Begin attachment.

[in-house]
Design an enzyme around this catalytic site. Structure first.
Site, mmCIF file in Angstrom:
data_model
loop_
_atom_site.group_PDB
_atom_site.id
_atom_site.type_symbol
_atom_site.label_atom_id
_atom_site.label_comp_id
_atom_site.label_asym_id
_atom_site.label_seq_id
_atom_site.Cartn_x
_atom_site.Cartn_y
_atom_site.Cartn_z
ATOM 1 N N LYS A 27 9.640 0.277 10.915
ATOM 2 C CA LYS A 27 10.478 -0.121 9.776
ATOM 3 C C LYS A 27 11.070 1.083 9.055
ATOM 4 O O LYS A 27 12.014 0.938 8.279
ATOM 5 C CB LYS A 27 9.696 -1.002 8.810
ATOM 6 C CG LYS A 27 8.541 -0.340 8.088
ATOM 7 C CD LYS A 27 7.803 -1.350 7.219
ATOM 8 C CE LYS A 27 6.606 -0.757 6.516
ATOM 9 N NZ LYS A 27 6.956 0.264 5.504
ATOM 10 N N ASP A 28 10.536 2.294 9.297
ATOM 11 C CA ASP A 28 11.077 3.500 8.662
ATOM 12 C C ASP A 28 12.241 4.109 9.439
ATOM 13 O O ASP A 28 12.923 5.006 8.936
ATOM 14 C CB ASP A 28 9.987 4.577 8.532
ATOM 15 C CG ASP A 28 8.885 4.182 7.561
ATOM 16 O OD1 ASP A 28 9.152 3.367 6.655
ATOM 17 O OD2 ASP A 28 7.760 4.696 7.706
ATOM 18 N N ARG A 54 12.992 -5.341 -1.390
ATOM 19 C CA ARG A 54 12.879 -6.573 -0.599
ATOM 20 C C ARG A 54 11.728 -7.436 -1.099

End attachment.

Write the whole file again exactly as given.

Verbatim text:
[in-house]
Design an enzyme around this catalytic site. Structure first.
Site, mmCIF file in Angstrom:
data_model
loop_
_atom_site.group_PDB
_atom_site.id
_atom_site.type_symbol
_atom_site.label_atom_id
_atom_site.label_comp_id
_atom_site.label_asym_id
_atom_site.label_seq_id
_atom_site.Cartn_x
_atom_site.Cartn_y
_atom_site.Cartn_z
ATOM 1 N N LYS A 27 9.640 0.277 10.915
ATOM 2 C CA LYS A 27 10.478 -0.121 9.776
ATOM 3 C C LYS A 27 11.070 1.083 9.055
ATOM 4 O O LYS A 27 12.014 0.938 8.279
ATOM 5 C CB LYS A 27 9.696 -1.002 8.810
ATOM 6 C CG LYS A 27 8.541 -0.340 8.088
ATOM 7 C CD LYS A 27 7.803 -1.350 7.219
ATOM 8 C CE LYS A 27 6.606 -0.757 6.516
ATOM 9 N NZ LYS A 27 6.956 0.264 5.504
ATOM 10 N N ASP A 28 10.536 2.294 9.297
ATOM 11 C CA ASP A 28 11.077 3.500 8.662
ATOM 12 C C ASP A 28 12.241 4.109 9.439
ATOM 13 O O ASP A 28 12.923 5.006 8.936
ATOM 14 C CB ASP A 28 9.987 4.577 8.532
ATOM 15 C CG ASP A 28 8.885 4.182 7.561
ATOM 16 O OD1 ASP A 28 9.152 3.367 6.655
ATOM 17 O OD2 ASP A 28 7.760 4.696 7.706
ATOM 18 N N ARG A 54 12.992 -5.341 -1.390
ATOM 19 C CA ARG A 54 12.879 -6.573 -0.599
ATOM 20 C C ARG A 54 11.728 -7.436 -1.099